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Spirit attack brings windfall for village blacksmiths

By | May 10th 2010 at 00:00:00 GMT +0300

By Nicholas Anyuor

Kendu Bay town’s blacksmiths are a happy lot after an invasion of spirits brought their way more damaged sufurias and tin plates than they can mend.

This came about after an alleged visit to the town by spirits of long dead people commonly known as nyawawa.

There is a belief amongst the Luo that when the nyawawa visit a place, they can only be expelled by beating objects like drums, sufurias and plates.

It is believed that the nyawawa usually come at night and are the spirits of dead villagers. They come shouting at the top of their voices

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calling out the names of villagers, and also talk among themselves.

In most cases they come during funerals and sing dirges and whistle but no one can see them.

Their arrival is marked by a light from the direction of their voices and a chilly wind.

Presented problems

It is believed that when they visit a place and are not chased away, people in the area will be struck down by dangerous diseases.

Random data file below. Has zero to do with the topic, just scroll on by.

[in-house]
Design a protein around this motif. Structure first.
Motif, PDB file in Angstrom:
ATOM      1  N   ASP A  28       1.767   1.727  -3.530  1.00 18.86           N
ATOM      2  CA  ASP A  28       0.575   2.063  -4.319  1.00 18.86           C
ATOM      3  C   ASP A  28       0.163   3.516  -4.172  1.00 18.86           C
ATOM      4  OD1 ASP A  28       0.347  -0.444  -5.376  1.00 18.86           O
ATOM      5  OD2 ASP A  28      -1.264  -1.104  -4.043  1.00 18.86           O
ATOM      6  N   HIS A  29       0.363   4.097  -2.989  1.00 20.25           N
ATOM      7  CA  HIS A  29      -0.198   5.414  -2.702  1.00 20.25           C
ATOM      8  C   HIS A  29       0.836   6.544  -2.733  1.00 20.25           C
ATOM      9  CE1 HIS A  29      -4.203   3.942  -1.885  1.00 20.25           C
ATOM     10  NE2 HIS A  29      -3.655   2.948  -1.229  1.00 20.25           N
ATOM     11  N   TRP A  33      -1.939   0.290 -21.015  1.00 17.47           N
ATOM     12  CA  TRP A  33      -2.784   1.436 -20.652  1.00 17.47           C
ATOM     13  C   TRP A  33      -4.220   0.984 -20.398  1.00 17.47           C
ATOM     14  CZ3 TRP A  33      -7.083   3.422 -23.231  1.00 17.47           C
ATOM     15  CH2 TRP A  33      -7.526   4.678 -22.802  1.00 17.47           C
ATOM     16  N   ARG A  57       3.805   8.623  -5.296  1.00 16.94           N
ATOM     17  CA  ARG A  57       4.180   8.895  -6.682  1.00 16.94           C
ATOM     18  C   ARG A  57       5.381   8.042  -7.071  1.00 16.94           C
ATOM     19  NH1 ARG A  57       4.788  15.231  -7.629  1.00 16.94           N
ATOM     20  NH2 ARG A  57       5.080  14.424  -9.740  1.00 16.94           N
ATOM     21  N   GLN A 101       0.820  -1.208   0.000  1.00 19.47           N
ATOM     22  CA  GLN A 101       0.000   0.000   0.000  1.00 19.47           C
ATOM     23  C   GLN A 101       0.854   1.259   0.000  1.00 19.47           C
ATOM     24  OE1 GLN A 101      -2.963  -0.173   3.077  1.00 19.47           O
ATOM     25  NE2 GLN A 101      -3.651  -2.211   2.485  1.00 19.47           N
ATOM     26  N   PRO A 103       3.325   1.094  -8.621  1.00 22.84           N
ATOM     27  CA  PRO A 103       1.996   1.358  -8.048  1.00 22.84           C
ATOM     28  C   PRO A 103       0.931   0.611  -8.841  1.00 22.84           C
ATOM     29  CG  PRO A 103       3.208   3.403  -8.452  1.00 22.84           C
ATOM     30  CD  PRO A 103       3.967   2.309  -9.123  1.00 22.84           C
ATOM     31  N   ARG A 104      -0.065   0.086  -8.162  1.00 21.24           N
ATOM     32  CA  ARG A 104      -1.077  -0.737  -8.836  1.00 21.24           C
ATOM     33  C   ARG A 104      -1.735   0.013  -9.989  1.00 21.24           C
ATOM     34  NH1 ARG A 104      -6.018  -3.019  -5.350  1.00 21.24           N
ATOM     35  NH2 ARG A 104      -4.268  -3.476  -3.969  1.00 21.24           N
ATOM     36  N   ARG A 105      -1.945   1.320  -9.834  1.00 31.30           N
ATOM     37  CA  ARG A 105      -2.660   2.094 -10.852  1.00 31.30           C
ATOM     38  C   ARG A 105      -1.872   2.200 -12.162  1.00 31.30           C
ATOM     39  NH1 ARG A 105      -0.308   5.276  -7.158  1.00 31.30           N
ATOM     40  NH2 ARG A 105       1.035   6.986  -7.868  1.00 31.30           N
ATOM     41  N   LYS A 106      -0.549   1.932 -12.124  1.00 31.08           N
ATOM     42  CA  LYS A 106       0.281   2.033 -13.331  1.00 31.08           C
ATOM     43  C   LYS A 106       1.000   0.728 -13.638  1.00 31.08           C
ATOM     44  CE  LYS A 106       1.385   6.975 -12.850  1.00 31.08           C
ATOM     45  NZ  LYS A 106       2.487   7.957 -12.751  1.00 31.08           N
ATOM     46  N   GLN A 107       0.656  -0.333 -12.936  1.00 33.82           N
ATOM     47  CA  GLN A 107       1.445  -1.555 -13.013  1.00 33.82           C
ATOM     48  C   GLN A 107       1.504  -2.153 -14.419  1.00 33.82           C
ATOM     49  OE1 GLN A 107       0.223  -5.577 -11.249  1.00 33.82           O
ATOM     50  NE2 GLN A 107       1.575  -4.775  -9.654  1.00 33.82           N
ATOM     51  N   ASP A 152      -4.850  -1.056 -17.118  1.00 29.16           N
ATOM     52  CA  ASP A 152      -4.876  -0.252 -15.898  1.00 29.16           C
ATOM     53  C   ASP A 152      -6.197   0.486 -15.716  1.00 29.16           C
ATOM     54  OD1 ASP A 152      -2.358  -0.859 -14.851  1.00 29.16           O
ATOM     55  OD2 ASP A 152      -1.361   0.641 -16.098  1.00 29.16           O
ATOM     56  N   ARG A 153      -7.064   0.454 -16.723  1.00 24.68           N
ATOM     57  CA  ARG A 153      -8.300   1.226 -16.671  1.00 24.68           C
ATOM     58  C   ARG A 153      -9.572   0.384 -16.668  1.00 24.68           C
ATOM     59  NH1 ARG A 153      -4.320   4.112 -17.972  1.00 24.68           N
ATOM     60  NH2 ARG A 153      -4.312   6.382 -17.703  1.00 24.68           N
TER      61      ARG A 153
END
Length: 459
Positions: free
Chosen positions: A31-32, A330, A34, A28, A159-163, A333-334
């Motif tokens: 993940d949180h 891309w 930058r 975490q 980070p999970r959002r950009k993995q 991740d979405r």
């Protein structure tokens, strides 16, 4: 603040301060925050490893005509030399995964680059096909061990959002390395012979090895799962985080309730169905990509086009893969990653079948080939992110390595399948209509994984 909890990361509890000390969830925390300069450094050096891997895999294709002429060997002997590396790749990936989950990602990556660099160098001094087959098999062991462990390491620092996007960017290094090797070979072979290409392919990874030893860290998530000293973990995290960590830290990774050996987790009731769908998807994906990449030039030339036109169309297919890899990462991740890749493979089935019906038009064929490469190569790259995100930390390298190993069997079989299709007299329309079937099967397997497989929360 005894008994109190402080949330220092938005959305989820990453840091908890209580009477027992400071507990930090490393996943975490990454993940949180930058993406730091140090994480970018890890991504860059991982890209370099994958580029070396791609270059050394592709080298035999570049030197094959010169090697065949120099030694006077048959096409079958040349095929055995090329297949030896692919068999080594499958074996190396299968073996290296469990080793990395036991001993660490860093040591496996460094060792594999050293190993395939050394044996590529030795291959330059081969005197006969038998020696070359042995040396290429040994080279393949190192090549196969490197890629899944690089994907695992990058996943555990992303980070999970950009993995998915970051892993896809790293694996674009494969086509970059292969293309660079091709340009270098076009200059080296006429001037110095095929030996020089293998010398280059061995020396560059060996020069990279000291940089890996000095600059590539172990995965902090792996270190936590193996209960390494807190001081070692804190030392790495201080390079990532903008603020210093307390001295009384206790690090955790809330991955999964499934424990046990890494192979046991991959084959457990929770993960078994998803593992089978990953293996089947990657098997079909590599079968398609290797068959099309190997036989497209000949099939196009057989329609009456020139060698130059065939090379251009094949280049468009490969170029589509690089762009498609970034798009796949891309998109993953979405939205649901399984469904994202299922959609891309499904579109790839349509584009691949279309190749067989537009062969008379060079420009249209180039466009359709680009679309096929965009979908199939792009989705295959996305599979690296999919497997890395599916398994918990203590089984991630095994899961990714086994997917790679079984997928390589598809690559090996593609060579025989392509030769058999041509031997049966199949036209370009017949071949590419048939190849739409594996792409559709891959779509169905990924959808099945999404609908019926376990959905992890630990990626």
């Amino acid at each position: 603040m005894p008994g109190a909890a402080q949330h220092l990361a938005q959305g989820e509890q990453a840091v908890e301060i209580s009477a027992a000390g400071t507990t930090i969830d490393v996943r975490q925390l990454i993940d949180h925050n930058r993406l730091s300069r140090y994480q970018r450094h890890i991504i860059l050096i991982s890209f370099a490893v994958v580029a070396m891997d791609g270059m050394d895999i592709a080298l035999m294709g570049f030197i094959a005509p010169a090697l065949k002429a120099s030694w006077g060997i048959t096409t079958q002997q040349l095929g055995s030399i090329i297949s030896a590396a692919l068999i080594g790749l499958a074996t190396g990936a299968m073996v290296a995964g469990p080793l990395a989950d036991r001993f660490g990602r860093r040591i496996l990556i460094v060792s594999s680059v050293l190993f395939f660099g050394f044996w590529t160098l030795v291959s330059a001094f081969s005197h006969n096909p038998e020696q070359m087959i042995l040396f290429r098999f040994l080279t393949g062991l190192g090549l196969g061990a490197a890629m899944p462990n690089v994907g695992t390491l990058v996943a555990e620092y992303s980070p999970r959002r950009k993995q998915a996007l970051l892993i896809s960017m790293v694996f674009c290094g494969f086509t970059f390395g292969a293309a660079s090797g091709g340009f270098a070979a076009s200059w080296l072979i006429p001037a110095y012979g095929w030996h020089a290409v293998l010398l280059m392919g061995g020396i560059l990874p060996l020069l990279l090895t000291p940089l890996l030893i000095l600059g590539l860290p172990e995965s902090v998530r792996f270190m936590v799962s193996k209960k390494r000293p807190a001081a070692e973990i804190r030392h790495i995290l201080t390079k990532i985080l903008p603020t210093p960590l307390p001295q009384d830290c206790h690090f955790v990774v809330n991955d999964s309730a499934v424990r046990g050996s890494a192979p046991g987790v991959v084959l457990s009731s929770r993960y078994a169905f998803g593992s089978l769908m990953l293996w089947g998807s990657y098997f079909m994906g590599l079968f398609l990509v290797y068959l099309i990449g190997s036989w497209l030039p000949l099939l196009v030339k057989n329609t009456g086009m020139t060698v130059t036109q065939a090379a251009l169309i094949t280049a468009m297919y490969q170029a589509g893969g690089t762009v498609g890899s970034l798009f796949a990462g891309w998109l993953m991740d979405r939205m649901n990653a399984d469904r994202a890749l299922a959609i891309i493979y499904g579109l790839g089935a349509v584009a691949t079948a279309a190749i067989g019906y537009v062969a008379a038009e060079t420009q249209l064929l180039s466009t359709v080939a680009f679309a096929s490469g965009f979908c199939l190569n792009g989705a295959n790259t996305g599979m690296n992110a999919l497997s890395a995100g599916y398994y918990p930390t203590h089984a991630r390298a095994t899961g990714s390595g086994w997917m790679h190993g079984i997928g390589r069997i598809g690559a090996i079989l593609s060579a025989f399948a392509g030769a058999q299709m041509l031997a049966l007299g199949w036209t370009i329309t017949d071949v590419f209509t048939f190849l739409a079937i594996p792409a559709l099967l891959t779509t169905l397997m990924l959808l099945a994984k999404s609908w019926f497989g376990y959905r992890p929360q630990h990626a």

So when the nyawawa showed up at this small town in Rachuonyo North District at around 9pm last week, there was a cacophony as villagers frantically tried to fend them off.

Men, being the protectors in the community, were expected to shield their families from harm. This proved to be a challenge because no drums, sufurias or plates were readily at hand.

But getting the utensils presented problems because women did not want their husbands damaging theirs. "Men should have drums in the house and if they do not, they should buy utensils for this purpose. Nyawawa are after all common nowadays," Judith, a mother of seven told her husband.

Beat utensils

But since the situation was so serious, the husbands took the sufurias and plates by force and ordered other people in the house to arm themselves with spoons or sticks to beat them with.

At night they all went to the main road to chase away the ghosts. Men and children beat utensils with till their bottoms were torn — but they were blessed with success.

The nyawawa disappeared wailing, "Wewa uru wadhi, okwachk waduogi." (Let us go, we won’t come back.) Everyone went back to their houses.

The children wanted to know more about nyawawa while the women worried about their damaged utensils.

After breaking the utensils, men dropped them on the road and quarrels broke out between them and their wives.

Many utensild broke they had to see the local tinsmiths.


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